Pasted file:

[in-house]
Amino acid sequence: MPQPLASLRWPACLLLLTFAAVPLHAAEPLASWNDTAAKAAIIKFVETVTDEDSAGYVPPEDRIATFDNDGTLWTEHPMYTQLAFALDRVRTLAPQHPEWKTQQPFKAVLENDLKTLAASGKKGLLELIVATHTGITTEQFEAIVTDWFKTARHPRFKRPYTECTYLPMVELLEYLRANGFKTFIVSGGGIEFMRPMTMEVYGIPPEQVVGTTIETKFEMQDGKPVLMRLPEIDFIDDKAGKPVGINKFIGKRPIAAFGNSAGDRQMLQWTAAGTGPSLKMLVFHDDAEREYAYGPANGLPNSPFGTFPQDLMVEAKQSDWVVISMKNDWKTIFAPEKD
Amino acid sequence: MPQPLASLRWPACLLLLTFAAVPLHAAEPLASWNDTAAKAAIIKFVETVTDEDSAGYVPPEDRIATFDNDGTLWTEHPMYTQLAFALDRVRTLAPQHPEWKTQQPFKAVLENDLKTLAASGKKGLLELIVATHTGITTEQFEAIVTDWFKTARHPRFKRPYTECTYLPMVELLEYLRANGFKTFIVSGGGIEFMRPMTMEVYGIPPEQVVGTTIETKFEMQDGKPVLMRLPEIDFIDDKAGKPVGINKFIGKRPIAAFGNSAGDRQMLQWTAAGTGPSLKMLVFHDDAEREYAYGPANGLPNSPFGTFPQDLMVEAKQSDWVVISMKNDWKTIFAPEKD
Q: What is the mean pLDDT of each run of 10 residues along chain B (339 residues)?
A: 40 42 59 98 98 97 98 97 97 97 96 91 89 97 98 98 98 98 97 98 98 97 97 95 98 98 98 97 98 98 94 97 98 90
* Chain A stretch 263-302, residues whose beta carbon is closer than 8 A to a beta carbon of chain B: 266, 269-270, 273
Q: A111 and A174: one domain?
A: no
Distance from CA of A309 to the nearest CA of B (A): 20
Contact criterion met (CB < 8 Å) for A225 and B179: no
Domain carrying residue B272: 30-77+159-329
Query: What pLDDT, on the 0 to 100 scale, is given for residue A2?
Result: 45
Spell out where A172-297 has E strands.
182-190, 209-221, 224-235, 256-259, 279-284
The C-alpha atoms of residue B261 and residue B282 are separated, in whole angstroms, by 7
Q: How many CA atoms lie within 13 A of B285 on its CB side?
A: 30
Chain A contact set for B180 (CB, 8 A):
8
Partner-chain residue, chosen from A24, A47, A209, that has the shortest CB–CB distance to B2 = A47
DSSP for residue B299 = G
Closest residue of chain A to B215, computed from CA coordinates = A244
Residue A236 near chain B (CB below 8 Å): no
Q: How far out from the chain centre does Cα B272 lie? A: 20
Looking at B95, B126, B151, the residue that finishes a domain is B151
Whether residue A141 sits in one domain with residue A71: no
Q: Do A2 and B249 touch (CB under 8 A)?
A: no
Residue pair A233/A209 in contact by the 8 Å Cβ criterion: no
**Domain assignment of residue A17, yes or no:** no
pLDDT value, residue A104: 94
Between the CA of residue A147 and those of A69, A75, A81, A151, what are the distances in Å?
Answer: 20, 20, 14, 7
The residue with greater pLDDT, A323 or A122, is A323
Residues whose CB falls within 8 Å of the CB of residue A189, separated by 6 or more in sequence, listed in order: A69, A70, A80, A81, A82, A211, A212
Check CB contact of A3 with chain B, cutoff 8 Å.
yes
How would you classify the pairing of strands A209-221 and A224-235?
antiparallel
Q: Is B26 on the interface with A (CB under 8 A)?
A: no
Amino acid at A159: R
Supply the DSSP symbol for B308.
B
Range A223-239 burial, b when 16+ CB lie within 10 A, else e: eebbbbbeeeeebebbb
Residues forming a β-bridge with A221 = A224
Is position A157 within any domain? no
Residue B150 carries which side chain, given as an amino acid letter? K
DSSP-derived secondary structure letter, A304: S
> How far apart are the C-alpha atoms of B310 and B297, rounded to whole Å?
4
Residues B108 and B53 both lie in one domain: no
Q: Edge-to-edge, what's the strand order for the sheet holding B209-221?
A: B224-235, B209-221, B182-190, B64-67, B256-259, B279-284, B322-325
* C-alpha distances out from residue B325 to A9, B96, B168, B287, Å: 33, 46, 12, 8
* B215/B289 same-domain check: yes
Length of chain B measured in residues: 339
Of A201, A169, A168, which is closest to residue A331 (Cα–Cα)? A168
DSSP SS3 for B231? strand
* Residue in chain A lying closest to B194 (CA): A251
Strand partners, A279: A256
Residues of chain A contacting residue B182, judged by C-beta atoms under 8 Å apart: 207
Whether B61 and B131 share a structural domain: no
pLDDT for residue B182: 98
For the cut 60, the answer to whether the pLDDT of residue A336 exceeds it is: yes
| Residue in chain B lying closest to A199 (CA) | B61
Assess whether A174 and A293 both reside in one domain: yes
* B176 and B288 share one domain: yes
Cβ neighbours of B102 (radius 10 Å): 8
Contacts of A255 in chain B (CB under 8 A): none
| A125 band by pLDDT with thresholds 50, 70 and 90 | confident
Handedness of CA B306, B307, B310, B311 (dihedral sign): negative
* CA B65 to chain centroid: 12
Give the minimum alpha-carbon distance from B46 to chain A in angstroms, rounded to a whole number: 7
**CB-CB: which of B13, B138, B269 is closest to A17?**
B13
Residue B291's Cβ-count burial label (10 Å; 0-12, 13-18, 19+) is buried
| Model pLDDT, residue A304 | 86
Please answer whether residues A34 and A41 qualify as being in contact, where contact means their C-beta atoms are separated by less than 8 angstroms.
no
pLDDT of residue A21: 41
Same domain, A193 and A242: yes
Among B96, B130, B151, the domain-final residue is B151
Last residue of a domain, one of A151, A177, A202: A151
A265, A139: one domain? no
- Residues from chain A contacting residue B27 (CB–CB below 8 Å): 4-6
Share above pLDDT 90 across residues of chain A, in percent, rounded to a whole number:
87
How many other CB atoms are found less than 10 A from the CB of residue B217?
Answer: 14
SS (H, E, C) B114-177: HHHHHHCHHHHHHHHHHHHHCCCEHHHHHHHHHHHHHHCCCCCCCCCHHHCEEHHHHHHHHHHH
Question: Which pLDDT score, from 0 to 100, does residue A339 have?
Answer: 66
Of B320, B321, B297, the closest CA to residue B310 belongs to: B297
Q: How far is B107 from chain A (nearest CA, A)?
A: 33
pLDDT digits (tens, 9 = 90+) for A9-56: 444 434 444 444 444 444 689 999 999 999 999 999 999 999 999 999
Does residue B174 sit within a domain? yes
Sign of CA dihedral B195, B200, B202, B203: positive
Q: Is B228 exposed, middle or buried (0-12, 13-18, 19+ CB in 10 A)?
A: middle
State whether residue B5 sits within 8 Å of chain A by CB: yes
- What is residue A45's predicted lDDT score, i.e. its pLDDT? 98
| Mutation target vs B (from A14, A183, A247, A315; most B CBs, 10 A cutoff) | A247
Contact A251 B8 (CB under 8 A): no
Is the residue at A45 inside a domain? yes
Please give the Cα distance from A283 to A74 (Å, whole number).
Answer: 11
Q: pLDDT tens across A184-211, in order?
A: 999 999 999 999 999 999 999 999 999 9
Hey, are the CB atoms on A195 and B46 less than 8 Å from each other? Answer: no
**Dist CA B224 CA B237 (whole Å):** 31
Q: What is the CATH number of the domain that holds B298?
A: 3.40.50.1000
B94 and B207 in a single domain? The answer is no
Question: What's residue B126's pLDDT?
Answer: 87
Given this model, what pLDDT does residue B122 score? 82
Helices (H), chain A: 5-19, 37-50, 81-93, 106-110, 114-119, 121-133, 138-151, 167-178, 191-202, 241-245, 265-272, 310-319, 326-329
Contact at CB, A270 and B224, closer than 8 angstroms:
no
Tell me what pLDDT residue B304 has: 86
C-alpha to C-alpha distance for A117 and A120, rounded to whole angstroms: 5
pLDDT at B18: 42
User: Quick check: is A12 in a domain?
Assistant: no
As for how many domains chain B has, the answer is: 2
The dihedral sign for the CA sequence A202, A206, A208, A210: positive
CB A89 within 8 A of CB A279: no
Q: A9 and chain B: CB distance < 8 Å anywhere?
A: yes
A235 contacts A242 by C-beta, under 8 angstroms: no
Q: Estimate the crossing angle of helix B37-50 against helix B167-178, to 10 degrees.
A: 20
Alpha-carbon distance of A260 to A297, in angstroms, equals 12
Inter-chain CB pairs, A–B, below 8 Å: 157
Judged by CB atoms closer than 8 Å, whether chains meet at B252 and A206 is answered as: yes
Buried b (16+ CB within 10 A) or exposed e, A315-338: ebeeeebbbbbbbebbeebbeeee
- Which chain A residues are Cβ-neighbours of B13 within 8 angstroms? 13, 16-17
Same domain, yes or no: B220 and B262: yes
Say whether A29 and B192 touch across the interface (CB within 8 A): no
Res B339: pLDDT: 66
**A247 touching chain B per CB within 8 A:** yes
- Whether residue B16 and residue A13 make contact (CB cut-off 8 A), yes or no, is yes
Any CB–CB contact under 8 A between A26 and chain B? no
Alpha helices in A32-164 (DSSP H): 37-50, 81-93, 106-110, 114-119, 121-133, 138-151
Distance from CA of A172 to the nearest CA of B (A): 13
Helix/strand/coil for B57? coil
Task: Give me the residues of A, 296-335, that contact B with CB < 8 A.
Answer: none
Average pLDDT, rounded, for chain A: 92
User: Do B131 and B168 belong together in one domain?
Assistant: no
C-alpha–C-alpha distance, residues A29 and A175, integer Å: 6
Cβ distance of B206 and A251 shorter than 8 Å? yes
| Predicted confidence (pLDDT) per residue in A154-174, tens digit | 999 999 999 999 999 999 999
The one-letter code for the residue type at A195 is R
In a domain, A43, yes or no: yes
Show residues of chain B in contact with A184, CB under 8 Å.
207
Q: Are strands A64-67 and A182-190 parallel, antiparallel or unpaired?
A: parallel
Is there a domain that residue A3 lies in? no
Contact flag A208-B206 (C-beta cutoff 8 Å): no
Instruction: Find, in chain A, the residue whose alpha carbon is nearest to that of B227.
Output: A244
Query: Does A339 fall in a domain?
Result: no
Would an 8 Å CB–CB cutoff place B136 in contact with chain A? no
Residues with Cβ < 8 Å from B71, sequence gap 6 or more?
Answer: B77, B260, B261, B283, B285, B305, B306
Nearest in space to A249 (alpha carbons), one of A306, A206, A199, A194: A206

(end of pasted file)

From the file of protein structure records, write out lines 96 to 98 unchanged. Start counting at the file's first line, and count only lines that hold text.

Q: How far is B107 from chain A (nearest CA, A)?
A: 33
pLDDT digits (tens, 9 = 90+) for A9-56: 444 434 444 444 444 444 689 999 999 999 999 999 999 999 999 999